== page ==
Is the country ready for a $100 laptop? RadioShack
Is there a catch? You bet there is. Like wireless handsets and smartphones, the netbook is subsidized by a cell phone provider. Buyers will need to sign a two-year contract for AT&T's
Add it up and it's clearly not a bargain. Even if the netbook is worth nearly $400 on its own, one would be paying at least a whopping $1,540 (before taxes, even) over the next two years. In other words, despite the tempting sticker appeal, it is not going to win over gift-giving penny-pinchers who bother to read the fine print.
This doesn't mean that the RadioShack deal is a bad one. If you are going to make the most of the netbook's 3G connectivity by paying up for an unlimited data plan through AT&T, Sprint Nextel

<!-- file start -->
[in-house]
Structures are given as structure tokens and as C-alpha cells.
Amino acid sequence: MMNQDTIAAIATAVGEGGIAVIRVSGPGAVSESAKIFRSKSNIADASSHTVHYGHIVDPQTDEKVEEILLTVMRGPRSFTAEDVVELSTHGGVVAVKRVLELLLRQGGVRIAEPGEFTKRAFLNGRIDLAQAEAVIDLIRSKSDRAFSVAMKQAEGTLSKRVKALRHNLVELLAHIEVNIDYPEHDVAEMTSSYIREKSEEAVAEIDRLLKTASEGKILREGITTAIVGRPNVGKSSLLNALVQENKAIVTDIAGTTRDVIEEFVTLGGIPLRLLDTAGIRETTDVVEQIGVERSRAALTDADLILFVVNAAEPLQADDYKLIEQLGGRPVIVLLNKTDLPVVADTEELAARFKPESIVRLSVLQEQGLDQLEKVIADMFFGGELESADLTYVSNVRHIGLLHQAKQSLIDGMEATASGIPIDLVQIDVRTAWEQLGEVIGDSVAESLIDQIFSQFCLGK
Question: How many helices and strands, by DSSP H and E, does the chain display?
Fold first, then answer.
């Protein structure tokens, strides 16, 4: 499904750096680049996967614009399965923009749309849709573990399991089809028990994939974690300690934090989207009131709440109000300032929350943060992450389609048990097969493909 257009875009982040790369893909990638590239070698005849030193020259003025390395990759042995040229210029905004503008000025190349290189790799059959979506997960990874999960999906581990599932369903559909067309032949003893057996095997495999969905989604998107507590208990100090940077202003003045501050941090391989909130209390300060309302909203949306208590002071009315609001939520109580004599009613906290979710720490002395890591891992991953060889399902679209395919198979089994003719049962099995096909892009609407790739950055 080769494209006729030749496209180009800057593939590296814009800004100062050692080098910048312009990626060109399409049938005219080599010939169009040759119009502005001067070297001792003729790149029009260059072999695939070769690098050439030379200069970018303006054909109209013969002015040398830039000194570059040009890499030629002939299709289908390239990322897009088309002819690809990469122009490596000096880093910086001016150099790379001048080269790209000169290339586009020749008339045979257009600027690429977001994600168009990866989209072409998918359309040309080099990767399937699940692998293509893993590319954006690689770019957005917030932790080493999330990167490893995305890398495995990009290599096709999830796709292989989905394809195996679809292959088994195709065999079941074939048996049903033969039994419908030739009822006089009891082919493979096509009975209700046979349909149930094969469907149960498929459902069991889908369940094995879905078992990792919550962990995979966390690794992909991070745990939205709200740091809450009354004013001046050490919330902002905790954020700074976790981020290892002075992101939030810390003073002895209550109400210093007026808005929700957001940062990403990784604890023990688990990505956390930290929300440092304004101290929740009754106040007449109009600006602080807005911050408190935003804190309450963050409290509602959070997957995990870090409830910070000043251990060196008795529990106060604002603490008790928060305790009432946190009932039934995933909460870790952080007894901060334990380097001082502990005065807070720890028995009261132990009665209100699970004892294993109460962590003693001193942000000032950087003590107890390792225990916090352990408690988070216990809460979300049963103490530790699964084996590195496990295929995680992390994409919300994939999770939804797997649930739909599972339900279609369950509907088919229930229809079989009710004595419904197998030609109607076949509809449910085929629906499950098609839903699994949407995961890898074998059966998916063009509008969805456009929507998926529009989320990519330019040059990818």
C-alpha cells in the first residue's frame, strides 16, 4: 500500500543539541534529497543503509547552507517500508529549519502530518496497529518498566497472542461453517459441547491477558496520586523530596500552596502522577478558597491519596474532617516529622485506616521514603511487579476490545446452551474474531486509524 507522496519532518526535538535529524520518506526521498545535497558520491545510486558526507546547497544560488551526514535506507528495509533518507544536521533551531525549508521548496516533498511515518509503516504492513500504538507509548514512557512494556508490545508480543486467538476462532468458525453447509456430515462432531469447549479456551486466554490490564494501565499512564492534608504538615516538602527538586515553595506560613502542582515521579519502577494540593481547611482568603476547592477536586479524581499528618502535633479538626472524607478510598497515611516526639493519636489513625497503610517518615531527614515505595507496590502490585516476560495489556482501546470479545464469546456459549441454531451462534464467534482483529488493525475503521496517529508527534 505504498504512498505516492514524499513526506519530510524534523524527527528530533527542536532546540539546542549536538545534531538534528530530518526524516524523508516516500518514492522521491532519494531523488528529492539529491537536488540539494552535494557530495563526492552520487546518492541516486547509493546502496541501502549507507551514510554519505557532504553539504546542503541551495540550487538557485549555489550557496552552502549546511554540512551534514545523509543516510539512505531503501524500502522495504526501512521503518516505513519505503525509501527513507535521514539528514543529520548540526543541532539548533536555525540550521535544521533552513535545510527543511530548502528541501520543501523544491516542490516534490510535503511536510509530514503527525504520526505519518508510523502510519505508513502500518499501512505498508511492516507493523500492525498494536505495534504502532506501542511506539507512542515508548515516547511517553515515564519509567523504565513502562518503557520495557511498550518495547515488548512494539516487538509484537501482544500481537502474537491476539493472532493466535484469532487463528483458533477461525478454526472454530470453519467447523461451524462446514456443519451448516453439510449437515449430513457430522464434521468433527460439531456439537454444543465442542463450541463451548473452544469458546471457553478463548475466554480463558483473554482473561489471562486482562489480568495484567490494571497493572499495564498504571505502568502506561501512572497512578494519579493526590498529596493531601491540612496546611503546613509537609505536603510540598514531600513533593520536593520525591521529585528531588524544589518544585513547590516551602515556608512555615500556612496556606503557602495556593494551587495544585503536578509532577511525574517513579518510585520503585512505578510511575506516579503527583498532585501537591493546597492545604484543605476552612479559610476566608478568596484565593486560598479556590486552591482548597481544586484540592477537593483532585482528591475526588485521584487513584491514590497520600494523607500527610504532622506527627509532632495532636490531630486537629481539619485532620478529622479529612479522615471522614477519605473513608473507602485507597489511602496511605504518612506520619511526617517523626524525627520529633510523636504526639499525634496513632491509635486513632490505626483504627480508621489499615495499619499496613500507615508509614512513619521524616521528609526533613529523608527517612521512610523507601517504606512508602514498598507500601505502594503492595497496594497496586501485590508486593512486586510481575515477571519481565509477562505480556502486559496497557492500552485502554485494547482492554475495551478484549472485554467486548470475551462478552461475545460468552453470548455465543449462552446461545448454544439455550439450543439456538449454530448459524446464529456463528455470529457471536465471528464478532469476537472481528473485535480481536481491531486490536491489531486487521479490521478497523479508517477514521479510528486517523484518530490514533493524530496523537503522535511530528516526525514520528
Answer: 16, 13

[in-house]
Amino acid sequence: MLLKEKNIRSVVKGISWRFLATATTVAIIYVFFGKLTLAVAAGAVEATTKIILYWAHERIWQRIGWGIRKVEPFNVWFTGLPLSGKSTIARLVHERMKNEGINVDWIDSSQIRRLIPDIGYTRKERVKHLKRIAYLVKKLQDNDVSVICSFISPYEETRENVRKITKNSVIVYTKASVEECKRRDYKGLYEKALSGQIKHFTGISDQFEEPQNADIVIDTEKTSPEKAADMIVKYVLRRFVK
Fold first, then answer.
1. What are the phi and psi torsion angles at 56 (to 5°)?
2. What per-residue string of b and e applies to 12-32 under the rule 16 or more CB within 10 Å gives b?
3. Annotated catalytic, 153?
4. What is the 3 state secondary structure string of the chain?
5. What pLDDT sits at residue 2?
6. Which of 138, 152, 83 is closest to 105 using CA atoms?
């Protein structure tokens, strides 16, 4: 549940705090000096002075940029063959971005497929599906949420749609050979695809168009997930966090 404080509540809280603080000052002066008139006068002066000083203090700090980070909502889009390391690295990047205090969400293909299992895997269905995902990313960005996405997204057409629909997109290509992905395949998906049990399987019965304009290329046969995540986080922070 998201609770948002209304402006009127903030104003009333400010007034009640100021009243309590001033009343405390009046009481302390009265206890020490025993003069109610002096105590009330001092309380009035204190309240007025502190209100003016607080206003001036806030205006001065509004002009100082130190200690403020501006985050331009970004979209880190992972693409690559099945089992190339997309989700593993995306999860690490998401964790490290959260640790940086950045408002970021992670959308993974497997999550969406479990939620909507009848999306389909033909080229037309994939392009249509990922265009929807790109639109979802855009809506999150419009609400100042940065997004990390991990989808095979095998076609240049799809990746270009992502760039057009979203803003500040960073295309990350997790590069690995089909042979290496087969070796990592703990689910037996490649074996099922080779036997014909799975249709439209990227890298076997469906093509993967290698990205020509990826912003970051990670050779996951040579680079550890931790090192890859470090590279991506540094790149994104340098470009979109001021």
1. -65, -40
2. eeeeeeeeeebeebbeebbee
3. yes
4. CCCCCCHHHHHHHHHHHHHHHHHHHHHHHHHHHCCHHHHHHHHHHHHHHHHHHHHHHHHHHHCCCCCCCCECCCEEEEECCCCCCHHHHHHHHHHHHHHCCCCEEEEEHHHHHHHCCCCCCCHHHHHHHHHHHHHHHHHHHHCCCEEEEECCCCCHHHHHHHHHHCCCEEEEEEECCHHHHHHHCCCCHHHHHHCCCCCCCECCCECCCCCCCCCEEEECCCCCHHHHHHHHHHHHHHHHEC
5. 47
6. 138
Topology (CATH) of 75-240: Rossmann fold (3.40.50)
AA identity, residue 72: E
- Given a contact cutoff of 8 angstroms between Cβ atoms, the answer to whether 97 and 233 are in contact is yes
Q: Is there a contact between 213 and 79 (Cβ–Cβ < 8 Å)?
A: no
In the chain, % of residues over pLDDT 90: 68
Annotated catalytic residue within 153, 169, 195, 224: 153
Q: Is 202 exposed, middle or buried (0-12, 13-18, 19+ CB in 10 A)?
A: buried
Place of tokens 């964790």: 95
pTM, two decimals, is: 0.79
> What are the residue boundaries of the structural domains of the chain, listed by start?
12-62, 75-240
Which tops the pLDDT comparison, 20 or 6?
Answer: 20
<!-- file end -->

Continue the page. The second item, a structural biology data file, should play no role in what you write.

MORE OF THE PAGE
This leaves me thinking, of course. If someone is willing to sign up for a subsidized netbook with an archaic operating system and a flimsy gig of RAM, why wouldn't the same deal work on a sturdier portable that will still be relevant in two years, like a new MacBook?
MacBooks start at $999 these days. How well would Apple fare marketing $600 or $700 MacBooks that are tied to data card contracts? It would certainly be one way to respond to the country's growing fascination with dirt-cheap netbooks at sub-$500 prices. It would also reach a crowd that would be more likely to pay $60 a month for connectivity than someone looking at an entry-level netbook.
Apple can't sit quietly and let netbooks with Microsoft
Forget the fine print, Apple. The writing is on the wall.
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